INSKEEP: NPR chief economics correspondent Scott Horsley is with us. Hey there, Scott.

SCOTT HORSLEY, BYLINE: Good morning, Steve.

INSKEEP: What are the notable developments and ongoing risks?

HORSLEY: The main risks that the Fed chairman cited for the economy are a slowing economy in other countries and the ongoing trade war. Both of those have had the effect of depressing U.S. exports, as well as business investment. Powell said explicitly yesterday that businesspeople had been telling the central bank they're wary about spending money on their businesses because they don't know what direction U.S. trade policy is going to take.

INSKEEP: OK. So those are the ongoing risks. But this was a decision made by committee, as happens inside the Fed. Did everyone agree with it?

HORSLEY: No. This was not a unanimous decision. There were two members of the Fed's rate-setting committee who wanted to leave interest rates where they were. And there was one member who wanted a more aggressive rate cut, of a half a percentage point, rather than a quarter-point. Powell said that he welcomed that diversity of viewpoints. He has acknowledged in the past that the economic signals that the Fed's been getting lately have been somewhat murky. And so it's not altogether surprising that there should be some difference of opinion on the right course of action to follow.

INSKEEP: Scott, is it entirely a coincidence that this interest rate cut happens to be just what President Trump has been quite loudly lobbying for?

HORSLEY: Well, it's not exactly what the president's been lobbying for. This was one small step in the direction of lower interest rates, and the president really wants to see a giant leap in that direction. He had been calling on Fed to cut rates to zero or even below. After the Fed issued its statement yesterday, the president actually tweeted that the central bank had failed again. He accused Powell and his colleagues of having no guts and no vision.

The stock market took a kinder shine to the Fed's action. It dropped at first but later rebounded, and the major industries ended the day in positive territory. And Powell, as he's done in the past, shrugged off the president's criticism and said the Fed will continue to act independently.

INSKEEP: But they are moving in the direction the president demanded. And it is a bit unusual since the economy would still seem, by most measures, to be strong. And that does raise a question about risk, Scott Horsley. If rates are going down now - when, as far as we know, the economy is still growing - what is left for the Fed to do if another recession were to come?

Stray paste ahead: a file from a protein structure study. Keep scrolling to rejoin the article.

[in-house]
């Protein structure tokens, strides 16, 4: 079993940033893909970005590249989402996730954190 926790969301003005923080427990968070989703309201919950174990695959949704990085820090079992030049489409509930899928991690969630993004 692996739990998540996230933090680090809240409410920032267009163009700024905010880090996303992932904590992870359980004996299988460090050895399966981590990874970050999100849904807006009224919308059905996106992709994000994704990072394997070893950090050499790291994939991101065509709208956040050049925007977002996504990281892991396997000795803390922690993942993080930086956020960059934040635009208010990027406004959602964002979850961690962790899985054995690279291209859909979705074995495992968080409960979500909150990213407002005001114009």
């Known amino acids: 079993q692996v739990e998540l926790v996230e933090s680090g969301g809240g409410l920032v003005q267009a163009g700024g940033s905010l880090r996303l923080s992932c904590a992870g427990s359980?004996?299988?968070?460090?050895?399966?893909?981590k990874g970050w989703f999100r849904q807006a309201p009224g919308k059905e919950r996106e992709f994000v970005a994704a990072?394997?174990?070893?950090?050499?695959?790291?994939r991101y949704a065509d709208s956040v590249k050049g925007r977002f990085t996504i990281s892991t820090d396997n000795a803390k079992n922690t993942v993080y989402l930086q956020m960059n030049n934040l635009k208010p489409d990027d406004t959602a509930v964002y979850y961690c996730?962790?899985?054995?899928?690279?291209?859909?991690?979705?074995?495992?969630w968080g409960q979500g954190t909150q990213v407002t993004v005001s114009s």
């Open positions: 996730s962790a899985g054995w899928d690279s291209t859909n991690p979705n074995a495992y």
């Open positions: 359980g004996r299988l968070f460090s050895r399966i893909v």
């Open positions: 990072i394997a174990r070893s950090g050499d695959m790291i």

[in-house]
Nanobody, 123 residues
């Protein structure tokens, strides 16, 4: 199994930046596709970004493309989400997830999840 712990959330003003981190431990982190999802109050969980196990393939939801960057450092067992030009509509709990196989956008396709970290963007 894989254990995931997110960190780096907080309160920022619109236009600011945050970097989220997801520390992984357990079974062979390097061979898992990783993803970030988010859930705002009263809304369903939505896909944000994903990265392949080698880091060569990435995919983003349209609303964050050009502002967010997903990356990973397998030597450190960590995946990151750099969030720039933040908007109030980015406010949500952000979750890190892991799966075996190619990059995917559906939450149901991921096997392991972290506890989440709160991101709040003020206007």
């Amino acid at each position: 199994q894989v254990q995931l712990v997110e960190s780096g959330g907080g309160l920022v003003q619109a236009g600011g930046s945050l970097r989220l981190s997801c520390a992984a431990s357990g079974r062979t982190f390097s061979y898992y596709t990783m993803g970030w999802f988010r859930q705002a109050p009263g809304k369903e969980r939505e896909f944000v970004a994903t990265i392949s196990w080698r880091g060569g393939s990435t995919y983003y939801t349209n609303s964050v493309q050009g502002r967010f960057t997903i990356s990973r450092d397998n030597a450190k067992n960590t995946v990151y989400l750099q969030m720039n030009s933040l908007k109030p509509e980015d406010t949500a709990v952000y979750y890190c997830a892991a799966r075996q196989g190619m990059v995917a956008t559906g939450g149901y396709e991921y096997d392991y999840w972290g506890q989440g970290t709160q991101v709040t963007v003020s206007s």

HORSLEY: That has been a concern. And some have said the Fed should, in effect, keep its powder dry for a real downturn. The counterargument that Powell and others have made is that if you only have a limited number of monetary bullets, as it were, with rates already pretty low, it's better to use them early and not wait till you see the whites of the eyes of the recession. That's what the central bank's doing here with this preemptive rate cut.

INSKEEP: Will ordinary people feel this quarter-percentage-point change in any way?

HORSLEY: This could mean lower borrowing cost on things like car loans. It will also prop up the stock market, which will make at least some consumers feel a little wealthier. And that could encourage spending. But keep in mind, Steve, consumer spending has not been the weak spot in the economy. Consumers are already spending freely.

It's business spending that's been weak. And that's not because it's too expensive to borrow money, but because business people aren't sure they're going to have demand for their products. So it's not clear this rate cut's going to solve that problem.


INSKEEP: Scott, thanks for your insights.

HORSLEY: You're welcome.

INSKEEP: That's NPR's Scott Horsley. Transcript provided by NPR, Copyright NPR.

David Greene is an award-winning journalist and New York Times best-selling author. He is a host of NPR's Morning Edition, the most listened-to radio news program in the United States, and also of NPR's popular morning news podcast, Up First.
Steve Inskeep is a host of NPR's Morning Edition, as well as NPR's morning news podcast Up First.